Local Mobile Marketing

Local Mobile Marketing with text messages isn’t really a fad or a phase. It’s a natural progression of marketing tools. Some people don’t like text message marketing, but for the most part, it’s easy to avoid getting what you don’t want. Your customers won’t give your their phone number or check the box for “text messages” if they don’t want them.

Recently I used a text message coupon to get $1.00 a burrito at the local Mexican restaurant.¬† When I signed up to be on their marketing list, they asked if I wanted to get text messages or e-mail, I thought I’d try text messages out. Why not? I like eating at the restaurant, and always appreciate a discount.

So how can small businesses start local mobile marketing  without paying an arm and a leg, without hiring some IT person or programmer or an online company to run it? Simply put, how can small businesses do it easily, for next to no money?

[stextbox id=”warning”]The answer is simple AND free. [/stextbox]

There are two quick ways to get a text messaging campaign going. (I suppose there are 121 ways, but why wade through the other 119 when these work just fine?)

The first one is Twitter. Imagine that! Twitter is that micro-blogging site millions of people use for social marketing efforts, everyday. Well, it just so happens Twitter has a secret little tool that you can use in your marketing efforts. It works like this:

  1. Set up a Twitter account with a relevant, useful name. If you’re a Tex-mex restaurant, something like TexMexFreebies would be great!
  2. Once that’s complete, you can begin your marketing efforts. Wherever you plan to market your SMS Text service, tell people to text the word “TexMexFreebies” (your Twitter username) to 40404, and let them know they’ll then be subscribed to get discounts, deals, etc. . .
  3. Then when you have a deal to announce to your customer base, log-in to your Twitter account and “tweet” (ie post the message). Once it is posted, all your subscribers will get it on their phone. Don’t send out more than you told them you would, or they’ll begin to dislike you immensely.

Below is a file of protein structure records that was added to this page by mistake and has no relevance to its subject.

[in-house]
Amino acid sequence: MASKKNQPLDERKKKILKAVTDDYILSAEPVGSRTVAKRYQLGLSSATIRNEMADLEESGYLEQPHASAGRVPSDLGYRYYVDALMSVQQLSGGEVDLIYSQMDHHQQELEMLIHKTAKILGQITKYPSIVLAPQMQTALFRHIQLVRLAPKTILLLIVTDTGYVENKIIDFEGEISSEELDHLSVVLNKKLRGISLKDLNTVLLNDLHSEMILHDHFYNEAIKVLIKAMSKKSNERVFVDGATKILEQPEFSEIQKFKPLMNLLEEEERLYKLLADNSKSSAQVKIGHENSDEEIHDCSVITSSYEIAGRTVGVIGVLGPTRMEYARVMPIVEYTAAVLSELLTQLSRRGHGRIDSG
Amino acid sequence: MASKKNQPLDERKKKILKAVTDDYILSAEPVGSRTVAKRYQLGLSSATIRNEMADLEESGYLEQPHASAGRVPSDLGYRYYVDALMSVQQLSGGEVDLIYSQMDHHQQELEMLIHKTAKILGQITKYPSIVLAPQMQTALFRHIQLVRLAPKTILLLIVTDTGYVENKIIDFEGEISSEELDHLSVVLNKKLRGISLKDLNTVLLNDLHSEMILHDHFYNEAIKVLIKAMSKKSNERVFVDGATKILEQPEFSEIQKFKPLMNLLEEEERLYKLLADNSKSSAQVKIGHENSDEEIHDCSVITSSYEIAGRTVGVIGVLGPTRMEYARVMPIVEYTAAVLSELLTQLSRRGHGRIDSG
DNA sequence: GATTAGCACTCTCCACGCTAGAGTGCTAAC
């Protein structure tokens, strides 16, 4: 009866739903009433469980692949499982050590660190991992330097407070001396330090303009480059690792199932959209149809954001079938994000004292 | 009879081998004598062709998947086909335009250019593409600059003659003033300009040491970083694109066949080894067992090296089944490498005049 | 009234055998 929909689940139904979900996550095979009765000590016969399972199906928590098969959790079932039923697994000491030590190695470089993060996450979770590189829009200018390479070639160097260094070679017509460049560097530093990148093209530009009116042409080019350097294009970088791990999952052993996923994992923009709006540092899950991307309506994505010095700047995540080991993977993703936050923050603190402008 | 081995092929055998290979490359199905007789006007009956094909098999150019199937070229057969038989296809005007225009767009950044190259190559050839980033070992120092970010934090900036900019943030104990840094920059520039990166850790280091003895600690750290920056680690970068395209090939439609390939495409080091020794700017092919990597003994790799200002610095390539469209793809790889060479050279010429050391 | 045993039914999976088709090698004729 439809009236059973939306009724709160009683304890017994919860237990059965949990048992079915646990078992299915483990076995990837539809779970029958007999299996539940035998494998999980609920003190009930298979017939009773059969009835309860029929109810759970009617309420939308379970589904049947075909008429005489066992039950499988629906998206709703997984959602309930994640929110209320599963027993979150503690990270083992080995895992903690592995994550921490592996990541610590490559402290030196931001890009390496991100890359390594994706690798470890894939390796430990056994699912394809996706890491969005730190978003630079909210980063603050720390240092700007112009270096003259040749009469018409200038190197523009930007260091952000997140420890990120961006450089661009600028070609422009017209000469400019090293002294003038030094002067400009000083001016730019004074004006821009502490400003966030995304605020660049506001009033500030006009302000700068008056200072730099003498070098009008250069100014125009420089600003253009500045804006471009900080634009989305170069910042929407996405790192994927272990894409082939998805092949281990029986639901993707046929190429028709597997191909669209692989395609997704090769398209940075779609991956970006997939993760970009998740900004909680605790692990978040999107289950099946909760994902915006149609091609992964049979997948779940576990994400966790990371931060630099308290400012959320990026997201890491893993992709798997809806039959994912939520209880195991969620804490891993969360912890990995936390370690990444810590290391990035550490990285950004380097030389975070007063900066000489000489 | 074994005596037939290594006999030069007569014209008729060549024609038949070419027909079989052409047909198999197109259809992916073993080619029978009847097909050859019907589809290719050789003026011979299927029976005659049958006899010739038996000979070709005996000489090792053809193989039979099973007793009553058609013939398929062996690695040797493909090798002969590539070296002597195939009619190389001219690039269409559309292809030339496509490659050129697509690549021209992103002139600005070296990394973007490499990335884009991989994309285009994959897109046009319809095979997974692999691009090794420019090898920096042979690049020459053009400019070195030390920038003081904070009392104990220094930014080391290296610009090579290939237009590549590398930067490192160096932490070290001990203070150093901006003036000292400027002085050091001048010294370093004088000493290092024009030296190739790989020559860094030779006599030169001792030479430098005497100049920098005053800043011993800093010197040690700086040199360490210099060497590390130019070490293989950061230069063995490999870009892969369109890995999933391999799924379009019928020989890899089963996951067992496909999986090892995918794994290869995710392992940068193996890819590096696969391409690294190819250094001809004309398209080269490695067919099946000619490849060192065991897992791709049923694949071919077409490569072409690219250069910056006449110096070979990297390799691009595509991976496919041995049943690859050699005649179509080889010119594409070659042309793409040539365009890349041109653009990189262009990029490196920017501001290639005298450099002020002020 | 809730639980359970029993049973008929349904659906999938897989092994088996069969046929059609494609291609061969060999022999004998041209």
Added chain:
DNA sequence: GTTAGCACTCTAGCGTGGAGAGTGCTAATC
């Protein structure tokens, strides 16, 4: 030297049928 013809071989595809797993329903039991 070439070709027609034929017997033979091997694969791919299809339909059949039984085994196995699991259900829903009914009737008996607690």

4. You can’t use pictures this way, or html, but do you really need a graphic to say “$1.oo off?”
  5. Rinse and Repeat.

The second way t do local mobile marketing is with e-maill. Mobile phone companies have special e-mail addresses that go directly to the users phone. For example, if you have a Verizon Phone and your number is 515-555-6543, then an e-mail sent to 5155556543@vtext.com will be delivered as a text to that person’s phone. Set that up as a group in your e-mail system and you can send an email/text to your audience whenever you want. Just make sure to get their phone number and their mobile carrier information when they sign up on your list. With a little skill you can use pictures this way.

[stextbox id=”info” color=”000000″ bgcolor=”babcbf”]

Mobile Text Phone Numbers by Carrier

Alltel – @message.alltel.com
AT&T – @mms.att.net
Nextel – @messaging.nextel.net
Spring – @messaging.sprintpcs.com
Suncom – @tms.suncom.com
T-Mobile – @tmomail.net
Voicestream – @voicestream.net
Verizon – @vtext.com or @vzwpix.com (for photos and video)


That’s not the only way you can reach your customers’ mobile phones. Check out my posts about doing that with Foursquare Marketing, also make sure you’re registered with Google Maps and keep up with Facebook Places to see what they’re rolling out.

If you register for my Free Notes below, I go into a bit more depth and introduce some new ways to market to your customers with their mobile phone. I invite you to sign up and check it out.

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